When I graduated from college, with my newly minted degree in International relations, I was convinced that I was going to work for the United Nations in New York. I thought it would be something like a cross between a Hollywood thriller (like this), and a really interesting term paper on some arcane piece of aid legislation. What I didn’t realize was that the likelihood of me actually getting a job in any field related to international relations was pretty close to zero. I didn’t have connections, I didn’t belong to any particularly under-represented ethnic group, and I wasn’t really ‘special’ enough.
So I did something else entirely. I went to work in fashion. It wasn’t anything I was particularly qualified for, but it was something I understood fairly well and was very interested in. In the roughly 5 years that I lived in New York, I worked for firms that touched on fragrance, clothing, accessories, and design. I learned all about advertising in print, radio and TV (this before the Internet… yes, I AM that old), I learned about the mechanics of working in an office (which is a course that I believe should definitely be offered to anyone who will ever work in such an environment, but which, to the best of my knowledge, doesn’t exist), and I learned that no matter how crazy and cut-throat the fashion world is, I loved everything about it.
Like most little girls, I used to sneak into my mother’s makeup box and put on lipstick, sometimes steal into the closet to try on high heels, and I loved watching Mom get dressed up to go out to dinner or the theater.
When I started working for a firm that did business with Oscar de la Renta and Perry Ellis, I felt so glamorous and accomplished: it was as if Mr. De la Renta’s refinement and elegance rubbed off on anyone who came within 10 feet of him. Gracious, unfailingly polite and remarkably talented, this man had the ability to make a woman – any woman (even a young lady who might share an elevator with him) feel as if she was in the presence of a real gentleman… a throwback to an era of gallantry, hands presented to be kissed and cocktails at 5 in the afternoon.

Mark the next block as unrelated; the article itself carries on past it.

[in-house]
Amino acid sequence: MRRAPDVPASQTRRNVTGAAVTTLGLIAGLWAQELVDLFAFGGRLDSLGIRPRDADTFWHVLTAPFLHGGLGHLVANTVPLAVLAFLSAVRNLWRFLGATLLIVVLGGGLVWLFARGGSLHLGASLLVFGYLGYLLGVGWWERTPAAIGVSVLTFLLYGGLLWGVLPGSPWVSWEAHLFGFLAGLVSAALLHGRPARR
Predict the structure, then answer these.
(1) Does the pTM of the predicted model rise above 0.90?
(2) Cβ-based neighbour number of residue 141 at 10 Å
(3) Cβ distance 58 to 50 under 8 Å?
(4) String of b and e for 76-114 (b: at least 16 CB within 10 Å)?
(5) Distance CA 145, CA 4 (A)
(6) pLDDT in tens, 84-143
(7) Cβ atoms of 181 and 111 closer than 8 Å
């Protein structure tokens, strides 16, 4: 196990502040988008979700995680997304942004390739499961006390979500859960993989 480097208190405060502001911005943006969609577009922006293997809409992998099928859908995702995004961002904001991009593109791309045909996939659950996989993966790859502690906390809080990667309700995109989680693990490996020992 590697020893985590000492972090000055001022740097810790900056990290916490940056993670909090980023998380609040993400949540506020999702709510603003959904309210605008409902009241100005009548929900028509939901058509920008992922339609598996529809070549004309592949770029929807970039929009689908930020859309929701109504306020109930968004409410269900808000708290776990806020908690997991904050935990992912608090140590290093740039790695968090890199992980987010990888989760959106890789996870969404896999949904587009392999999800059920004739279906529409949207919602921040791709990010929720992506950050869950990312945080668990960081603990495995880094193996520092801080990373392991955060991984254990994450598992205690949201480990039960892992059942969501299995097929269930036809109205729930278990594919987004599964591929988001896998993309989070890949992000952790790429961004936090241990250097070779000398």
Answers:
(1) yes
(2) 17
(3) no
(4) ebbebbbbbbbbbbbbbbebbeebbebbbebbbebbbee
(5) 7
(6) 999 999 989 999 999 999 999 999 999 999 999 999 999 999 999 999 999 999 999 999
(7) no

I worked for a company called Parfums Stern, the licensee of Oscar’s signature fragrance (disclosure: now the scent of this heady mix of strong florals makes me gag – I was surrounded by it for so long, and in so many forms that I can no longer stand it). We marketed the fragrance as an aspirational purchase: even if you couldn’t afford to buy one of Oscar’s dresses (and most women couldn’t), you could have a piece of the dream buy wearing his perfume. That idea wasn’t new – we have cartons of perfume ads from the 1920s at L’Affichiste – but fashion marketing was beginning to take on a life of it’s own in the 1980s, and companies like Parfums Stern were at the forefront of magnificent, costly advertising campaigns which plastered billboard, magazines and TV.
I very clearly remember being present for the shoot of a TV ad for Oscar in the late 1980s. It was organized at a New York landmark called the Harkness House, and it involved a bevy of beautiful supermodels, all wearing Oscar gowns (of course), and music and and and… I cant find it on line, but it had some of the allure of this recent Chanel show.
As I write this, I am planning a brief trip – with Kristina, my very fashionable second-in-command at L’Affichiste – to New York to soak in Fashion Week in September. We are planning to sneak into as many shows as we can, and even if we don’t run into Mr. de la Renta, I am sure we will come back invigorated, inspired, and full of the vim and vinegar which makes New York famous. It will be fun to go back into that world – and even more fun to come home!